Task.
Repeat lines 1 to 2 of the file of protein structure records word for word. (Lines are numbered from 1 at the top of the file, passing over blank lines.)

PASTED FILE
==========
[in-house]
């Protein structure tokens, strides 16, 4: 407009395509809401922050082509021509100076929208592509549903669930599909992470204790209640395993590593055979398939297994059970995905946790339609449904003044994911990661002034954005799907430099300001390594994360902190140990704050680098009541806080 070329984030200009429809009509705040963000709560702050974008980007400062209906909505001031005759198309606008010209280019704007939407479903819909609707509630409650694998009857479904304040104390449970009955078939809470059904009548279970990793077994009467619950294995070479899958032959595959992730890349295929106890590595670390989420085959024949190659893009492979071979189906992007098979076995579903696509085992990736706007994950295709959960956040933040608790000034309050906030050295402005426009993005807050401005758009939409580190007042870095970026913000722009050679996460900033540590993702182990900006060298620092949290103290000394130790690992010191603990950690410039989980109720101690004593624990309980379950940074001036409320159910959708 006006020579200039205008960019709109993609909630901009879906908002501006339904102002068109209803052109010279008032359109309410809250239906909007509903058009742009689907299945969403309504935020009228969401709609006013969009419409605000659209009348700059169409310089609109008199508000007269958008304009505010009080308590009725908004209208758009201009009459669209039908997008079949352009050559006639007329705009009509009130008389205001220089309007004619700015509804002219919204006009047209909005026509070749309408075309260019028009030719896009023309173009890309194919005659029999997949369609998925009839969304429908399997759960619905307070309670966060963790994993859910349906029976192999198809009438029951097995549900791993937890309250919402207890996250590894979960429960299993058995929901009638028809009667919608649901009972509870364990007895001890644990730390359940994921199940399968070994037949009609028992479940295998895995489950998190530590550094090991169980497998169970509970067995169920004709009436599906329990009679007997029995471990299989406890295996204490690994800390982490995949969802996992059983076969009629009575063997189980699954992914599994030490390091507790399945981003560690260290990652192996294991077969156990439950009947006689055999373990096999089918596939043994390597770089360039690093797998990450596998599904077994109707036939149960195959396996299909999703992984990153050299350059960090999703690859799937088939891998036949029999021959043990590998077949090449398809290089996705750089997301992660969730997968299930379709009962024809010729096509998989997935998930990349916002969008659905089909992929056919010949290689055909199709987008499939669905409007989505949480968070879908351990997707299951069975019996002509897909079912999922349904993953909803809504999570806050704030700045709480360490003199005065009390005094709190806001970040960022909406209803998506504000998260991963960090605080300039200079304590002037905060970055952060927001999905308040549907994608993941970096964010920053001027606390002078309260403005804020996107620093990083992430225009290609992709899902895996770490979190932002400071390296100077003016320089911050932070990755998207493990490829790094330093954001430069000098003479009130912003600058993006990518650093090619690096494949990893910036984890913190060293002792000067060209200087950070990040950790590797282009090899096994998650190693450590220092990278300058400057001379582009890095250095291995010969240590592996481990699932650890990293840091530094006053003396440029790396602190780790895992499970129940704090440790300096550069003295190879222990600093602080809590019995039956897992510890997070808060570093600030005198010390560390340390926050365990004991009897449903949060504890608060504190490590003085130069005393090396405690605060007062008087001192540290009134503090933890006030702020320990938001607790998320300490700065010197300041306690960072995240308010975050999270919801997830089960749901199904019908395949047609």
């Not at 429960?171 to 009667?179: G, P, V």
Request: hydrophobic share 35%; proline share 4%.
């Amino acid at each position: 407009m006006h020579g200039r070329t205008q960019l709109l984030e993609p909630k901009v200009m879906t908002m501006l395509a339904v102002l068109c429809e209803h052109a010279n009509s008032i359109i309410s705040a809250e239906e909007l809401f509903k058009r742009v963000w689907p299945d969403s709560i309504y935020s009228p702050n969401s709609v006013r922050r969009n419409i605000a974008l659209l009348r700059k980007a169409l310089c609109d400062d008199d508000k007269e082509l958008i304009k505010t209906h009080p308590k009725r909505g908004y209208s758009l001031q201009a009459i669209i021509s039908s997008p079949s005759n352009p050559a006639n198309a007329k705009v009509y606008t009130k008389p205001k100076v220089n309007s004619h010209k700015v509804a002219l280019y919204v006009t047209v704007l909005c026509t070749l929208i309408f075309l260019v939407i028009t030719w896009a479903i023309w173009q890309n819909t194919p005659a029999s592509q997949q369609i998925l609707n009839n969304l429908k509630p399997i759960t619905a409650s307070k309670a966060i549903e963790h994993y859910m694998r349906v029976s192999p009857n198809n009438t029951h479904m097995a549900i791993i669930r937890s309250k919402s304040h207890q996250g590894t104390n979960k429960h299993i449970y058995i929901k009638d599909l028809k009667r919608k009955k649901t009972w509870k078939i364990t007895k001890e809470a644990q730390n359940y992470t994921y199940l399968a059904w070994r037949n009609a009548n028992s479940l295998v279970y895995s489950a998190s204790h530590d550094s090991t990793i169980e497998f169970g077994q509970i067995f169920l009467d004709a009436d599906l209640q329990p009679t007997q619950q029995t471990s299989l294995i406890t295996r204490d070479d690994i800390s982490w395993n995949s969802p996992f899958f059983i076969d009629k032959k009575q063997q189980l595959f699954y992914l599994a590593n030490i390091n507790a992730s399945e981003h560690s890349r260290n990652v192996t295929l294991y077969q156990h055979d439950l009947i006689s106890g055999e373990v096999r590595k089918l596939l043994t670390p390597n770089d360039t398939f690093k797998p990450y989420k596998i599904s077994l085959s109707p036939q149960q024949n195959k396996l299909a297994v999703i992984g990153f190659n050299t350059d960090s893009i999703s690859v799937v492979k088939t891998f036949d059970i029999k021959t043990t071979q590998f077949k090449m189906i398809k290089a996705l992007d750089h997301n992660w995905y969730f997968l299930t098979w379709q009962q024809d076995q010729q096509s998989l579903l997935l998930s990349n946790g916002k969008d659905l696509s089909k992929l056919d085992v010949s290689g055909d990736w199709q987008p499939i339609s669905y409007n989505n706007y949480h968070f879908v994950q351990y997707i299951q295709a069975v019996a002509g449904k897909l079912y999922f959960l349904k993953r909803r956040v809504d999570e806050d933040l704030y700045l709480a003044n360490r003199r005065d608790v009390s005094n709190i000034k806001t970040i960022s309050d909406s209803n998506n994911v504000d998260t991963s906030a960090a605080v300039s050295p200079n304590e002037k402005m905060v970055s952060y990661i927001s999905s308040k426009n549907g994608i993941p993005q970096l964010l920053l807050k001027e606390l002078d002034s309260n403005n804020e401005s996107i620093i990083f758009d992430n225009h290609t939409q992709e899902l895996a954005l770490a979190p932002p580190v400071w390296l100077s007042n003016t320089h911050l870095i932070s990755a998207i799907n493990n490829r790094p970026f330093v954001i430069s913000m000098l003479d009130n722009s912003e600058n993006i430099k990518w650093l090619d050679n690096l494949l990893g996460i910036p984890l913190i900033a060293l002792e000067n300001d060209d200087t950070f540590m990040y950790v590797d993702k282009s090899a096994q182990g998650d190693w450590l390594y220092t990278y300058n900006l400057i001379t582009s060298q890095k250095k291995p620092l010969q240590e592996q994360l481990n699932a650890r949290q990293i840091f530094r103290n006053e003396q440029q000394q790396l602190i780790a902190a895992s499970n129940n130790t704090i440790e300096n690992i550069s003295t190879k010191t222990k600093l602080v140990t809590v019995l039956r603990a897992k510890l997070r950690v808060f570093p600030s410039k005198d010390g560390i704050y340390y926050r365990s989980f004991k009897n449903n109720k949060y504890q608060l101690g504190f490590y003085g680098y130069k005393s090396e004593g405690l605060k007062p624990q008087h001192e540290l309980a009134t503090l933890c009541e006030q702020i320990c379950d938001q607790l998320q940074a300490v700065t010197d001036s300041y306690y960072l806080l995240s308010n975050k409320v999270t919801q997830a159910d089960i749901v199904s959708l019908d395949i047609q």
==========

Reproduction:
[in-house]
């Protein structure tokens, strides 16, 4: 407009395509809401922050082509021509100076929208592509549903669930599909992470204790209640395993590593055979398939297994059970995905946790339609449904003044994911990661002034954005799907430099300001390594994360902190140990704050680098009541806080 070329984030200009429809009509705040963000709560702050974008980007400062209906909505001031005759198309606008010209280019704007939407479903819909609707509630409650694998009857479904304040104390449970009955078939809470059904009548279970990793077994009467619950294995070479899958032959595959992730890349295929106890590595670390989420085959024949190659893009492979071979189906992007098979076995579903696509085992990736706007994950295709959960956040933040608790000034309050906030050295402005426009993005807050401005758009939409580190007042870095970026913000722009050679996460900033540590993702182990900006060298620092949290103290000394130790690992010191603990950690410039989980109720101690004593624990309980379950940074001036409320159910959708 006006020579200039205008960019709109993609909630901009879906908002501006339904102002068109209803052109010279008032359109309410809250239906909007509903058009742009689907299945969403309504935020009228969401709609006013969009419409605000659209009348700059169409310089609109008199508000007269958008304009505010009080308590009725908004209208758009201009009459669209039908997008079949352009050559006639007329705009009509009130008389205001220089309007004619700015509804002219919204006009047209909005026509070749309408075309260019028009030719896009023309173009890309194919005659029999997949369609998925009839969304429908399997759960619905307070309670966060963790994993859910349906029976192999198809009438029951097995549900791993937890309250919402207890996250590894979960429960299993058995929901009638028809009667919608649901009972509870364990007895001890644990730390359940994921199940399968070994037949009609028992479940295998895995489950998190530590550094090991169980497998169970509970067995169920004709009436599906329990009679007997029995471990299989406890295996204490690994800390982490995949969802996992059983076969009629009575063997189980699954992914599994030490390091507790399945981003560690260290990652192996294991077969156990439950009947006689055999373990096999089918596939043994390597770089360039690093797998990450596998599904077994109707036939149960195959396996299909999703992984990153050299350059960090999703690859799937088939891998036949029999021959043990590998077949090449398809290089996705750089997301992660969730997968299930379709009962024809010729096509998989997935998930990349916002969008659905089909992929056919010949290689055909199709987008499939669905409007989505949480968070879908351990997707299951069975019996002509897909079912999922349904993953909803809504999570806050704030700045709480360490003199005065009390005094709190806001970040960022909406209803998506504000998260991963960090605080300039200079304590002037905060970055952060927001999905308040549907994608993941970096964010920053001027606390002078309260403005804020996107620093990083992430225009290609992709899902895996770490979190932002400071390296100077003016320089911050932070990755998207493990490829790094330093954001430069000098003479009130912003600058993006990518650093090619690096494949990893910036984890913190060293002792000067060209200087950070990040950790590797282009090899096994998650190693450590220092990278300058400057001379582009890095250095291995010969240590592996481990699932650890990293840091530094006053003396440029790396602190780790895992499970129940704090440790300096550069003295190879222990600093602080809590019995039956897992510890997070808060570093600030005198010390560390340390926050365990004991009897449903949060504890608060504190490590003085130069005393090396405690605060007062008087001192540290009134503090933890006030702020320990938001607790998320300490700065010197300041306690960072995240308010975050999270919801997830089960749901199904019908395949047609």